24. 5 out of 5

    Shayla Kopp

    This was not great, not the worst book I read but not the worst either. I wouldn't say I enjoyed this book, but I did love the dynamics between the girls and getting to watch them interact was great. But the pacing was terrible, this was probably the slowest read I've ever had, even though it takes place over 1 night it felt like it took 1 million years to get to the end, and that nothing really happened. I think the main problem is there are too many perspectives and it took 100 pages easily to This was not great, not the worst book I read but not the worst either. I wouldn't say I enjoyed this book, but I did love the dynamics between the girls and getting to watch them interact was great. But the pacing was terrible, this was probably the slowest read I've ever had, even though it takes place over 1 night it felt like it took 1 million years to get to the end, and that nothing really happened. I think the main problem is there are too many perspectives and it took 100 pages easily to get the back story for all the girls which was slow going and boring. And then it never really picked up. Theres really no character development either, I found everyone to stay super static and again I think this has to do with how many perspectives there are. There was no time for any of the characters to grow or evolve. As well Siobhan Vivian brings up some huge topics and doesn't capitalize on them, racism, women in sports, inappropriate conduct from a person in power, passion for a sport. Books about young women in sport are SO important but this book does not deliver on that for me, there was not enough devoted to the girls and their passion and hard work, just drama with coach. I will say I HATED coach, he was the character with the best writing in my opinion. Siobhan Vivian did a great job of creating someone truly terrible.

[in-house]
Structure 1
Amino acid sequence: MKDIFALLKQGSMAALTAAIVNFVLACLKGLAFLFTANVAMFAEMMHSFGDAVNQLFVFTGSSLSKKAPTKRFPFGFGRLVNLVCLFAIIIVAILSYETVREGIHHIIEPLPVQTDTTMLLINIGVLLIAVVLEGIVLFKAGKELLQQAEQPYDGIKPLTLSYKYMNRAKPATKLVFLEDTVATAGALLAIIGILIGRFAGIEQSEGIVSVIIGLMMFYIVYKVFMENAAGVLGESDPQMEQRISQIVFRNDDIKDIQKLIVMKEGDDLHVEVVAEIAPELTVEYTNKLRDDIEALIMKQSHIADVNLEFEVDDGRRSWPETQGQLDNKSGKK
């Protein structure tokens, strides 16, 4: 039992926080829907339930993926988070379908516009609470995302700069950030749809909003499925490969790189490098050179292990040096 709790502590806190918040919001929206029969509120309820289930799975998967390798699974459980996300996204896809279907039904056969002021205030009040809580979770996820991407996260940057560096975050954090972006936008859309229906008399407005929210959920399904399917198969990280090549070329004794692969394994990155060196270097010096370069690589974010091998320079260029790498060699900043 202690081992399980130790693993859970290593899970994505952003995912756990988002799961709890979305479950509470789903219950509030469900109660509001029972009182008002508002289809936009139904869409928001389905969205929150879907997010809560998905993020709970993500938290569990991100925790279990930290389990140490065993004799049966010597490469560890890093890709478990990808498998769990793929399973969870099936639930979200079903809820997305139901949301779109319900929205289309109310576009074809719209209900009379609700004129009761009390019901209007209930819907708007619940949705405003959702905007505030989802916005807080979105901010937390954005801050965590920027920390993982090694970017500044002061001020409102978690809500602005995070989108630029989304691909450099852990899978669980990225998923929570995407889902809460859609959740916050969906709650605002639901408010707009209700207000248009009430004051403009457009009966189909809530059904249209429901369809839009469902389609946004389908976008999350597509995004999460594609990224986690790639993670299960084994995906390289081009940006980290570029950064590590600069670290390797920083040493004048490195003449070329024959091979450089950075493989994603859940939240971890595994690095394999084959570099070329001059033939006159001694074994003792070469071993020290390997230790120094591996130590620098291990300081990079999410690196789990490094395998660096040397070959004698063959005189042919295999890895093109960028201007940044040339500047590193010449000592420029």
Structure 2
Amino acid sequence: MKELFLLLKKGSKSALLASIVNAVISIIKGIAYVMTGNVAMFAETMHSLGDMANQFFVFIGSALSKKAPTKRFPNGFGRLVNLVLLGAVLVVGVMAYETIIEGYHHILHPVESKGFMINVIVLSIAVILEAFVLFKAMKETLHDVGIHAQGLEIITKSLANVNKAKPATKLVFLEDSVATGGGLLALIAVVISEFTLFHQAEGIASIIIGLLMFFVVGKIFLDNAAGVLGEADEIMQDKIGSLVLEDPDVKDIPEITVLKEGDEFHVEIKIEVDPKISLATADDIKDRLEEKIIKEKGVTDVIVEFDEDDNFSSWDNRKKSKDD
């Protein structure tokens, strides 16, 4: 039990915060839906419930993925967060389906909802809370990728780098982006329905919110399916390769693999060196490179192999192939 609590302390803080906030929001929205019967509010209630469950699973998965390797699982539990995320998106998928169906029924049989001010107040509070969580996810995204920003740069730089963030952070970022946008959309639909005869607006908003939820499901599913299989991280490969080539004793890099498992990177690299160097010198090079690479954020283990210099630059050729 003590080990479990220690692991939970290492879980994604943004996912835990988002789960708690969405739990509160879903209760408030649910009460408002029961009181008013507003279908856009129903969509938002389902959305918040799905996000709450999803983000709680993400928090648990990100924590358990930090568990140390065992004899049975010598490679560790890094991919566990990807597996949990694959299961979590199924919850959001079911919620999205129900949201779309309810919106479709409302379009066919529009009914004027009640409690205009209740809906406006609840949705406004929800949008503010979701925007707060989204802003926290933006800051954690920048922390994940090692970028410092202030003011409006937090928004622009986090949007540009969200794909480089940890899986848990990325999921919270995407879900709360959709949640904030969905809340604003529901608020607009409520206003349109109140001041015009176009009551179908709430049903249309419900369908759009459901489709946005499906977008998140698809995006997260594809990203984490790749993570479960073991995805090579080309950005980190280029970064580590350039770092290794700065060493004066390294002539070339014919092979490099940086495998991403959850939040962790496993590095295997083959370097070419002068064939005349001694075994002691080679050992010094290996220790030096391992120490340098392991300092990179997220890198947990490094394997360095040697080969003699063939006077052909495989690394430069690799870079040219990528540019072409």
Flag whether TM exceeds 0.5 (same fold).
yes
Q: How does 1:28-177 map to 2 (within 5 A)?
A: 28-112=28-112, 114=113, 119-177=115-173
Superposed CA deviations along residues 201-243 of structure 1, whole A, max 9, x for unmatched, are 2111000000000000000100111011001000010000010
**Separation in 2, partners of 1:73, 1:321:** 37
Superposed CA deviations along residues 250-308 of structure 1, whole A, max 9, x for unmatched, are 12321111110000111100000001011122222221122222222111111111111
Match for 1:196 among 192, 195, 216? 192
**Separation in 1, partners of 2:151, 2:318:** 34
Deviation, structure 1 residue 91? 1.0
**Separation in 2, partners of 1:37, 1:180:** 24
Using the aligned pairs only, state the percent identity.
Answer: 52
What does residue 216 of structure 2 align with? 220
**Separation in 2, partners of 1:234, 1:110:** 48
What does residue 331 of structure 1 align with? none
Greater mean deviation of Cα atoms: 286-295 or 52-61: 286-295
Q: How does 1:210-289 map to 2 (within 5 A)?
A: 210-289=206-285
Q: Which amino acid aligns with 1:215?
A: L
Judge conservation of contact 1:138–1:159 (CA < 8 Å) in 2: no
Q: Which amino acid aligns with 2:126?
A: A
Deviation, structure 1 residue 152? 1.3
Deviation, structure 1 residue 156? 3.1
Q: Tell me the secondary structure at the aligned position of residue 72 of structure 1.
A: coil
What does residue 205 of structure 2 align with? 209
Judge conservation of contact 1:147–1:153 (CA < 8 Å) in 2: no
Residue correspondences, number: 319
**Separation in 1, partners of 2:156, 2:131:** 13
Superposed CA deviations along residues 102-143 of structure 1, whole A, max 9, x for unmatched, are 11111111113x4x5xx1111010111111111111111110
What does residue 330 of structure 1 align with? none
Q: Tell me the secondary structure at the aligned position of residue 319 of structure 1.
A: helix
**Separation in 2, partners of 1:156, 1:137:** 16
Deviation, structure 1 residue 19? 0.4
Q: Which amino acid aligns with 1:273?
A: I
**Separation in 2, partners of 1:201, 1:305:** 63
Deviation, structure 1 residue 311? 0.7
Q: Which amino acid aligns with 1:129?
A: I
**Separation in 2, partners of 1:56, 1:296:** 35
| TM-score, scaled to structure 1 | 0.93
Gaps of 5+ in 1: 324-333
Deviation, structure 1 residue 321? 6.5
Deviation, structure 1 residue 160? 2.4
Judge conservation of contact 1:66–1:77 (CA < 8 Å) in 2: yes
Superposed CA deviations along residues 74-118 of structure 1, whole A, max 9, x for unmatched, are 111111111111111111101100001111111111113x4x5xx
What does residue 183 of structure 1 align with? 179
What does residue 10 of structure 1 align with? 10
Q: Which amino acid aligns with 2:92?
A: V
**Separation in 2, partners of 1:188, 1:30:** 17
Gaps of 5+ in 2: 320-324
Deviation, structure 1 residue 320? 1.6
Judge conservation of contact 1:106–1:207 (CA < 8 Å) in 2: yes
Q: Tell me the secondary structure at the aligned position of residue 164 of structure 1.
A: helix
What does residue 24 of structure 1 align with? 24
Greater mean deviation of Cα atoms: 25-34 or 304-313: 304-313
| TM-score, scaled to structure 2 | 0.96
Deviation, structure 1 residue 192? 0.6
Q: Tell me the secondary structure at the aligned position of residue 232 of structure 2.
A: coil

25. 4 out of 5

    Anja